In Malawi, Marching Towards the End of AIDS
This week, I am concluding my trip to our country offices in Malawi, the first country in Africa to create a policy at the national level using the World Health Organization (WHO)’s “Option B+” strategy, which provides life-long antiretroviral treatment (ART) to all HIV-infected pregnant women regardless of their immunity (CD4) levels.
Malawi is also the country that recently recorded the greatest reduction in new HIV infections in Africa. According to a recent UNAIDS report, new HIV infections in Malawi dropped by 72 percent from 2001 to 2011.
On Tuesday, I visited Bwaila Hospital, Malawi’s largest maternity hospital, and the Martin Preuss center in Malawi’s capital, Lilongwe. During my visit, we reviewed Malawi’s implementation of Option B+. All pregnant women visiting the maternity ward at Bwaila are counseled, tested for HIV, provided with post-test support, and offered life-long HIV antiretroviral treatment before they leave the clinic.
The Martin Preuss center, supported by the Malawi-based organization Lighthouse Trust, has over 8,000 individuals on ART and the clinic with the largest number of tuberculosis patients in Malawi. 90 percent of tuberculosis patients at the clinic are told their HIV status before leaving the center. In both facilities, the patient registry and records are automated to enhance HIV and TB detection, adherence to treatment, and further follow-up.
The manner in which Malawi has adopted and rolled out Option B+ is impressive and important. In Lilongwe, there is considerable excitement over the substantial increase in treatment uptake seen over the 18 months Malawi has implemented Option B+. But vital questions remain about retention in care, adherence to medication, and potential outcomes. We must find answers to determine if we can reach the less-than-five percent HIV transmission rate required to achieve elimination.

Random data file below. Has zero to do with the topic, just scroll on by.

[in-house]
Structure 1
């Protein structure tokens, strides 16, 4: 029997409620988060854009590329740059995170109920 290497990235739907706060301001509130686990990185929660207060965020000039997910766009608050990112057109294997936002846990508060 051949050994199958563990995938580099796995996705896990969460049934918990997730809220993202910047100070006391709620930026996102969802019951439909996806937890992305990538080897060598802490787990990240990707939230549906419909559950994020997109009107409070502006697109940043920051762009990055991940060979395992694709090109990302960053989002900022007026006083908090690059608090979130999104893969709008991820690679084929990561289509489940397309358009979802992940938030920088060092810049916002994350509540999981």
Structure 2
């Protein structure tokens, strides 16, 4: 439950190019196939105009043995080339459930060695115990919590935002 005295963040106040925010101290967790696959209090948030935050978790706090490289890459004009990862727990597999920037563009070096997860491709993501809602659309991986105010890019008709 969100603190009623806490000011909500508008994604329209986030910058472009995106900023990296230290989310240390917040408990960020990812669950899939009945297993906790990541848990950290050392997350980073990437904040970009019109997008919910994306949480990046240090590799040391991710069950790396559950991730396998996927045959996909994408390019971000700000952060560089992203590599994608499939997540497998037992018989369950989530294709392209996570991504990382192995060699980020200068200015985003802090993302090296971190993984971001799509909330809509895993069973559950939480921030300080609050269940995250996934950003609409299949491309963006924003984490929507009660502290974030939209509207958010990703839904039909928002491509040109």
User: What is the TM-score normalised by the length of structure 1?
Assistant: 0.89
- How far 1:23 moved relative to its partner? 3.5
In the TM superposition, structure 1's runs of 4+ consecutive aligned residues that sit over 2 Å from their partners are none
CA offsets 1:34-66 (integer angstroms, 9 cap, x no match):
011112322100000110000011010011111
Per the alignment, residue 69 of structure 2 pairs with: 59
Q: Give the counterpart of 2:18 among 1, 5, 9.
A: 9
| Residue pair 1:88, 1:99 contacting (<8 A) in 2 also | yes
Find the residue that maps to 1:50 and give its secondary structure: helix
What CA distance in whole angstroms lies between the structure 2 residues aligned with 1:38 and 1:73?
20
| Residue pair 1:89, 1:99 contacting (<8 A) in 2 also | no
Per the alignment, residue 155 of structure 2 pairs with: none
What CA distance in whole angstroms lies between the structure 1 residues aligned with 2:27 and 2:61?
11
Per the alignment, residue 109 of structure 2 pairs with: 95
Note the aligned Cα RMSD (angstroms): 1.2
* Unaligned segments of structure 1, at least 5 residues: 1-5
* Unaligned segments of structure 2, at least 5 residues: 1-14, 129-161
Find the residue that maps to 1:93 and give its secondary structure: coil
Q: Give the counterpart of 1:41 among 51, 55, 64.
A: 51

Today, together with Malawi health minister Catherine Gotani Hara, U.S. Deputy chief of mission Lisa Vickers, and U.S. Centers for Disease Control and Prevention (CDC) country director Dr. Sundeep Gupta among others, EGPAF launched an expanded PEPFAR and CDC-funded five-year program at Mchinji District Hospital, a 90-minute drive west of Lilongwe. The program has two goals: strengthening health system capacity at the district level, and improving both the offering and quality of HIV and maternal and child health (MCH) services consistent with Malawi’s national health strategy and Option B+ policy. The program will operate in seven districts: Rumphi, Mzimba North, Mzimba South, Nitchisi, Dedza, Ntcheu, and Mchinji.
The targets of the new program, which began in September of 2012, include providing HIV counseling and testing to 1.26 million individuals, including more than 378,456 pregnant women, and offering preventive treatment (known as prophylaxis) to 3,000 healthcare workers and persons exposed to HIV due to sexual and gender-based violence. The program will also provide antiretroviral treatment to 72,000 people newly diagnosed with HIV, including more than 8,500 children.
We are pleased with the government of Malawi and the U.S. government for their confidence in our ability to support the Malawi government’s steady march towards an AIDS-free generation. We are committed to focusing on the district and health facility levels, working with district health teams to make health systems stronger and improving the quality of HIV and overall health services over the next five years.
Chip Lyons is EGPAF's President and CEO, based in Washington, D.C.